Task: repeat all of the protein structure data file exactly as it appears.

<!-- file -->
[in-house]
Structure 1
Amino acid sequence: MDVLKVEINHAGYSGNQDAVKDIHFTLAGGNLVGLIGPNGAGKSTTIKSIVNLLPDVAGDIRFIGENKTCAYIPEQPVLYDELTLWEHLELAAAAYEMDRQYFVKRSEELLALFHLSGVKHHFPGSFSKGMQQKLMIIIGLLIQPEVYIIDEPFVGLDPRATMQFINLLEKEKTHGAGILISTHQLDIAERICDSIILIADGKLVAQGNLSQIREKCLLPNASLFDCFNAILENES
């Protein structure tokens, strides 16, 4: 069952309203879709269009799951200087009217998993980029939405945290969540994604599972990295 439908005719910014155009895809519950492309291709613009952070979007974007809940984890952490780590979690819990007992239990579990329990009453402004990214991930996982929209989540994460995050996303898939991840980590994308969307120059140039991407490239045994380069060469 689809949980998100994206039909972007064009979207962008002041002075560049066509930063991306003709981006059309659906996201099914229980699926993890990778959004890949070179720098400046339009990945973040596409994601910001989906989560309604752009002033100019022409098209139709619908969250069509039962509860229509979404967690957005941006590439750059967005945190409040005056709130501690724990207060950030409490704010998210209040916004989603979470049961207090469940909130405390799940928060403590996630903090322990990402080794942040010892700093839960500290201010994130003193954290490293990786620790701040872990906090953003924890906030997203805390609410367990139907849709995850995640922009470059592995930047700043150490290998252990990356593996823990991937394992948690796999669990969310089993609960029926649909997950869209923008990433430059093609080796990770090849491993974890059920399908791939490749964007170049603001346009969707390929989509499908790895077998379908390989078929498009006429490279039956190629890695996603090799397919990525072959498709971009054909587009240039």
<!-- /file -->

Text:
[in-house]
Structure 1
Amino acid sequence: MDVLKVEINHAGYSGNQDAVKDIHFTLAGGNLVGLIGPNGAGKSTTIKSIVNLLPDVAGDIRFIGENKTCAYIPEQPVLYDELTLWEHLELAAAAYEMDRQYFVKRSEELLALFHLSGVKHHFPGSFSKGMQQKLMIIIGLLIQPEVYIIDEPFVGLDPRATMQFINLLEKEKTHGAGILISTHQLDIAERICDSIILIADGKLVAQGNLSQIREKCLLPNASLFDCFNAILENES
């Protein structure tokens, strides 16, 4: 069952309203879709269009799951200087009217998993980029939405945290969540994604599972990295 439908005719910014155009895809519950492309291709613009952070979007974007809940984890952490780590979690819990007992239990579990329990009453402004990214991930996982929209989540994460995050996303898939991840980590994308969307120059140039991407490239045994380069060469 689809949980998100994206039909972007064009979207962008002041002075560049066509930063991306003709981006059309659906996201099914229980699926993890990778959004890949070179720098400046339009990945973040596409994601910001989906989560309604752009002033100019022409098209139709619908969250069509039962509860229509979404967690957005941006590439750059967005945190409040005056709130501690724990207060950030409490704010998210209040916004989603979470049961207090469940909130405390799940928060403590996630903090322990990402080794942040010892700093839960500290201010994130003193954290490293990786620790701040872990906090953003924890906030997203805390609410367990139907849709995850995640922009470059592995930047700043150490290998252990990356593996823990991937394992948690796999669990969310089993609960029926649909997950869209923008990433430059093609080796990770090849491993974890059920399908791939490749964007170049603001346009969707390929989509499908790895077998379908390989078929498009006429490279039956190629890695996603090799397919990525072959498709971009054909587009240039």